Do you think you'll try again?
I hope to. Who knows when they'll accept applications again. It used to be every two years, but lately it has drifted to every four to five years.
Recent Highlights: In May 2007, I was invited to speak on the same program as several Nobel laureates. It was at the Smithsonian Institution's symposium celebrating the International Polar Year 2007-08. I gave a talk, "Feeding The Black Hole In The Center Of The Milky Way: Ast/Ro," about the work I've been doing at the South Pole.
What do you do for fun?
Hiking, biking, flying planes, and being an EMT.
You're an EMT?
Yep. I have an EMT certificate, but I don't do much with it. It is very hard to volunteer as an EMT. Liability has become a huge issue.
What about flying? Is it a stereotype that people who want to be astronauts also like to fly planes?
Many people who have become astronauts have had fun flying, too. But they didn't take up flying to become astronauts. The classic question astronauts get is ‘what should I do to be an astronaut.' The worst version of it is, ‘how should I change my entire life to become an astronaut,' which is entirely the wrong attitude to take. You should do whatever you enjoy. If it, as a complete side benefit, happens to improve your chances of becoming an astronaut, great! But that shouldn't be the reason you are doing it. You should be doing it because you enjoy it.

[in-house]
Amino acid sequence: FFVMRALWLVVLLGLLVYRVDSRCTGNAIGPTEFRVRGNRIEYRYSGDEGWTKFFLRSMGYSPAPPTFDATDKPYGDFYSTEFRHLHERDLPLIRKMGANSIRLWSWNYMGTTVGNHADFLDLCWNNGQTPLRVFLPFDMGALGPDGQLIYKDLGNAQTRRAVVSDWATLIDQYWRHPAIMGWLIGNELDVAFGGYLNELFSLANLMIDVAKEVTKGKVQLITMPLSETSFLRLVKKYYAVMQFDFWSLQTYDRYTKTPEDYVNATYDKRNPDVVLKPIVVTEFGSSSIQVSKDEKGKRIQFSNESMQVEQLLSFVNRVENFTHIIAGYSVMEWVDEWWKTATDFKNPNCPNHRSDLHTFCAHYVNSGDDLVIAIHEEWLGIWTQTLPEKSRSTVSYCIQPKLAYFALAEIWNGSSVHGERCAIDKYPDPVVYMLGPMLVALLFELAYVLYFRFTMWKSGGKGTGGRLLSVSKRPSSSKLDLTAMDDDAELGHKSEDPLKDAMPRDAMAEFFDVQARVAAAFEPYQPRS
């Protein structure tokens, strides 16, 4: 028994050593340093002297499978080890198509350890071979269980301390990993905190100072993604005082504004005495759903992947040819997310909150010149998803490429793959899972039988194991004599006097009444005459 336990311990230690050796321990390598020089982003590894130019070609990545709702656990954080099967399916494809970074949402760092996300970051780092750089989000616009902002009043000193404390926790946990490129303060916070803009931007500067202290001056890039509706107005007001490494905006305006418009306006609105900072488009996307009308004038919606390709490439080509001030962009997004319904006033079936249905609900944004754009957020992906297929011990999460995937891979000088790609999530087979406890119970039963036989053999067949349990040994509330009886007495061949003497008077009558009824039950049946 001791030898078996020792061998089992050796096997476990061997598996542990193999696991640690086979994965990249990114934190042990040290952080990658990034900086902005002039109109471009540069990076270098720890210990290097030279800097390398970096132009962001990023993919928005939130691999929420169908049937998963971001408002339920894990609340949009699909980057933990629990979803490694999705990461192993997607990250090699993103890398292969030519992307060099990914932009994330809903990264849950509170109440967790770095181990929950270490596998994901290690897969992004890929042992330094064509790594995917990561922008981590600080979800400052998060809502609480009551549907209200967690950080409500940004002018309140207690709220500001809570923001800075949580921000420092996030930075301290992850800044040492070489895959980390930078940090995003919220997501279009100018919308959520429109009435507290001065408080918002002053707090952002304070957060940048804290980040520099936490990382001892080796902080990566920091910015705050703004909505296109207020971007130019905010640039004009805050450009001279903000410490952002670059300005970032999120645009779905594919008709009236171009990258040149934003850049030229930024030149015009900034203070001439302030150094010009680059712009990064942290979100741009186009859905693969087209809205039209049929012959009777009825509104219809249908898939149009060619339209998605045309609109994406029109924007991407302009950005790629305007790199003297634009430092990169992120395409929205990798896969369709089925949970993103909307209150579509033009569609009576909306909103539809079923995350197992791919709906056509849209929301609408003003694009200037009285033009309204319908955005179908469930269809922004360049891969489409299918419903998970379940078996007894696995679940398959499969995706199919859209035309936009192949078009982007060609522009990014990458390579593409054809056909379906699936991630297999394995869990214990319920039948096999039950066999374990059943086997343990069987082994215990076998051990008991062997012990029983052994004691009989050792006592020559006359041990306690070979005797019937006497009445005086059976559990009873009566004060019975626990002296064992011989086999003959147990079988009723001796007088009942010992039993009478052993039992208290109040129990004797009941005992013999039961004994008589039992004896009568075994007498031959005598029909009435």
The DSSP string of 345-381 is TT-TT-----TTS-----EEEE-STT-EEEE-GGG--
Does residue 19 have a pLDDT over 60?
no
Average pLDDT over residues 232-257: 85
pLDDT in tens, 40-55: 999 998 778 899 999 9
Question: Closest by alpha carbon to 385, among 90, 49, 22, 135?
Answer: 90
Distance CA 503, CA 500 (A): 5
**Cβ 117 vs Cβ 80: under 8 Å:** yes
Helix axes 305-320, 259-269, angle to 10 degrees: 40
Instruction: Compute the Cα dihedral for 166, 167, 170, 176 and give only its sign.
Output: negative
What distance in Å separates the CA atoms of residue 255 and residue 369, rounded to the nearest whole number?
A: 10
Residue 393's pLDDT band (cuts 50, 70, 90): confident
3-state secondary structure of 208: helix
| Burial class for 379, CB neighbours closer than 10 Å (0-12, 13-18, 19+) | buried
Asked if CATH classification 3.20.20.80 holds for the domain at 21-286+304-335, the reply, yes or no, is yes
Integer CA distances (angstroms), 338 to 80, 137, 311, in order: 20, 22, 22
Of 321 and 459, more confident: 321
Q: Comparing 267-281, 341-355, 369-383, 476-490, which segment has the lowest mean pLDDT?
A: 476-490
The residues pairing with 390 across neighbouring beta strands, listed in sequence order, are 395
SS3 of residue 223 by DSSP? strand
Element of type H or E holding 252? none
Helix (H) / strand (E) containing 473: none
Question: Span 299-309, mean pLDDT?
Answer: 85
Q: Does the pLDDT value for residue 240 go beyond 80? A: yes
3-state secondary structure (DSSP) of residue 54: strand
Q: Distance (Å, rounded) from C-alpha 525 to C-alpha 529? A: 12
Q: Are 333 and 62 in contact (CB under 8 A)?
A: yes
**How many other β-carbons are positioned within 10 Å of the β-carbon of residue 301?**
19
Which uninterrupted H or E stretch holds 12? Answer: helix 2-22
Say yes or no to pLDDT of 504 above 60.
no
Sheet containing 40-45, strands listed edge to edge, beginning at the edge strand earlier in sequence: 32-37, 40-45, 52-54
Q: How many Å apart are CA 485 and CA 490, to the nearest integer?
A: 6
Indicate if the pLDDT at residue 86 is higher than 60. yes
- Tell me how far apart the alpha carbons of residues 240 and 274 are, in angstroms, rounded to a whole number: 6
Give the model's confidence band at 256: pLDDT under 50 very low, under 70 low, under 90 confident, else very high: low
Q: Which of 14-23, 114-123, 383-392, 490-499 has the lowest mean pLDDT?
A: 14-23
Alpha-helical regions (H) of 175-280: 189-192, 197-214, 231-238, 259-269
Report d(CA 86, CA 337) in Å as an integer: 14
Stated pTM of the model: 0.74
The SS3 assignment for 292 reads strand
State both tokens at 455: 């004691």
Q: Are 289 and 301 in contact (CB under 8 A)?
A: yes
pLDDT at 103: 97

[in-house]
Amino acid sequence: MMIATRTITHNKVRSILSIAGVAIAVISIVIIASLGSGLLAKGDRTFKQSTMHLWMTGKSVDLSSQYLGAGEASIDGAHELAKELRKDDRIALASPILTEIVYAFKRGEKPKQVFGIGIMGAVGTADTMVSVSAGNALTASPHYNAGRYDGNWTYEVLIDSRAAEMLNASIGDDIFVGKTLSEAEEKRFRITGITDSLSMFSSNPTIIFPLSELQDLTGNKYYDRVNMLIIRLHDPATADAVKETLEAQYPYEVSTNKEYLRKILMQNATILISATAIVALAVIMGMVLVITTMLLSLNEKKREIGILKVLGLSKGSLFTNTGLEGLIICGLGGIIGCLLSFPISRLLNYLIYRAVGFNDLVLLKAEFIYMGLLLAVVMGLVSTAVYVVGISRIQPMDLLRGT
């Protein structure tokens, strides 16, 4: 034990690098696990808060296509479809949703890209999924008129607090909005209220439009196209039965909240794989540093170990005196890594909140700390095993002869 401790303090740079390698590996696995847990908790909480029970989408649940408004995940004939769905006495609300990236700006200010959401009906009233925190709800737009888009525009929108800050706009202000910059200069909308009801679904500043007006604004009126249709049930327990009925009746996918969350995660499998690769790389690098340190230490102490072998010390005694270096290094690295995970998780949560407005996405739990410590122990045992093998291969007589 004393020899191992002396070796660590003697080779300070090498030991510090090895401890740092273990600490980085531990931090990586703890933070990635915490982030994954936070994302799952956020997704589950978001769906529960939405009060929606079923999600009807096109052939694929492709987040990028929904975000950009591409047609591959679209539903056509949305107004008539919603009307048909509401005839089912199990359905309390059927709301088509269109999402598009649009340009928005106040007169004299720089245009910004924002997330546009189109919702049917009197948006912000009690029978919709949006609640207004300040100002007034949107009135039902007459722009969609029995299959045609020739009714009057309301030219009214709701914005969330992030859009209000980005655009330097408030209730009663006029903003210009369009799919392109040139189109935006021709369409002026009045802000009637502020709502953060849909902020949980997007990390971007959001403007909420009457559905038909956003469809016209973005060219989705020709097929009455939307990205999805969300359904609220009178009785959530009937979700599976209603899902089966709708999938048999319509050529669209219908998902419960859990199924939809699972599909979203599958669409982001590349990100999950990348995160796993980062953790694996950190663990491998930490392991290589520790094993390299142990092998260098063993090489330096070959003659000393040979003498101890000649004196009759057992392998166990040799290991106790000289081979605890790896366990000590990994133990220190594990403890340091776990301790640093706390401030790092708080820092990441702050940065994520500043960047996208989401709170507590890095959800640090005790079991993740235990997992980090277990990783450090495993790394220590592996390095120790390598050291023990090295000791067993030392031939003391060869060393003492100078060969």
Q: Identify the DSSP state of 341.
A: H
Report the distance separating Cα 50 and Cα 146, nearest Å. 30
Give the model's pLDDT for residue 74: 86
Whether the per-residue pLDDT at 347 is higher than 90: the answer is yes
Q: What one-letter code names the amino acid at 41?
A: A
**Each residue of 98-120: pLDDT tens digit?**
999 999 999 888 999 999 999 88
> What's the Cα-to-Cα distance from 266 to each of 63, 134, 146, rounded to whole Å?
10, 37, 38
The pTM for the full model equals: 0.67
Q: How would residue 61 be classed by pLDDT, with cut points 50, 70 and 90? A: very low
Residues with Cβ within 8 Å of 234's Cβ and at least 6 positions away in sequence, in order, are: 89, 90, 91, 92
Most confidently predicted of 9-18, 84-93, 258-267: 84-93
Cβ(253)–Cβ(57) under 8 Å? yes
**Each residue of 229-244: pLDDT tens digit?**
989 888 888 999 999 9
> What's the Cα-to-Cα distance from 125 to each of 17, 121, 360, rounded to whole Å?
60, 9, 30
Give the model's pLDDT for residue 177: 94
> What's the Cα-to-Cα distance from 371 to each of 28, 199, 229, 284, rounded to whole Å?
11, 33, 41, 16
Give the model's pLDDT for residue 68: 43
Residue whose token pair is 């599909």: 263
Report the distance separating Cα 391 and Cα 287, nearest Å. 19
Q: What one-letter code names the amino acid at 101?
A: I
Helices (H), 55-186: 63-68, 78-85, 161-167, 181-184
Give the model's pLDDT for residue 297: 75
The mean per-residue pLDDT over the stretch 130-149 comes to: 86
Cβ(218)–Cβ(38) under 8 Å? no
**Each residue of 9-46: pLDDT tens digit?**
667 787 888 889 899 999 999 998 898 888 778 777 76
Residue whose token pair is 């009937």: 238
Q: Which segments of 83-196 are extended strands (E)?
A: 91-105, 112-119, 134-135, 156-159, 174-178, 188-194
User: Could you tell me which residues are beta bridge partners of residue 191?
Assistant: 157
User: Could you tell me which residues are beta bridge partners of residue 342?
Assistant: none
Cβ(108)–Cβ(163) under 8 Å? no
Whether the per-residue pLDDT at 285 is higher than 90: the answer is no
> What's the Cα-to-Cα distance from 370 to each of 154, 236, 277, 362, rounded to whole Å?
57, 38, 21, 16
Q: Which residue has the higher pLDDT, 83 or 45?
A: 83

Which professor would you most like to take a class with if your could?
I want to take them all! Right now, I'm taking Introduction to Sociology with Greggor Mattson. It is really interesting; we're currently learning how society has changed in the past 100 years.
What three words best describe you?
Curious, focused, distractible.